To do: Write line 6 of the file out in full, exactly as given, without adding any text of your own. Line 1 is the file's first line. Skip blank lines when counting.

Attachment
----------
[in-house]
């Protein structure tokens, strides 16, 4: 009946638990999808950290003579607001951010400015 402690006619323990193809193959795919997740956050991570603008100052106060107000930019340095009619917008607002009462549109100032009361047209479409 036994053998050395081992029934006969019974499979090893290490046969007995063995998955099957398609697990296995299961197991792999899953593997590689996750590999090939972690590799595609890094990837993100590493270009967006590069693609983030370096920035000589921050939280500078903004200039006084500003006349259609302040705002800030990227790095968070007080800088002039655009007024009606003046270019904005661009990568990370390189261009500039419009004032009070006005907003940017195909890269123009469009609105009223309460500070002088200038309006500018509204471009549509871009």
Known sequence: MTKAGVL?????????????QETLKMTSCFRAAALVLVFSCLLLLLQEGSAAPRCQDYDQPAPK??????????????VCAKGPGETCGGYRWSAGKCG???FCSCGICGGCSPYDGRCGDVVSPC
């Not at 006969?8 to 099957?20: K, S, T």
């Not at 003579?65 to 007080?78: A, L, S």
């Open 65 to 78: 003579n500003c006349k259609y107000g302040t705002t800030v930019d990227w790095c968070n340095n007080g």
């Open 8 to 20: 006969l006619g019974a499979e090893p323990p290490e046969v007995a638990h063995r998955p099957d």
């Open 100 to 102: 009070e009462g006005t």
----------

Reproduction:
């Open 65 to 78: 003579n500003c006349k259609y107000g302040t705002t800030v930019d990227w790095c968070n340095n007080g």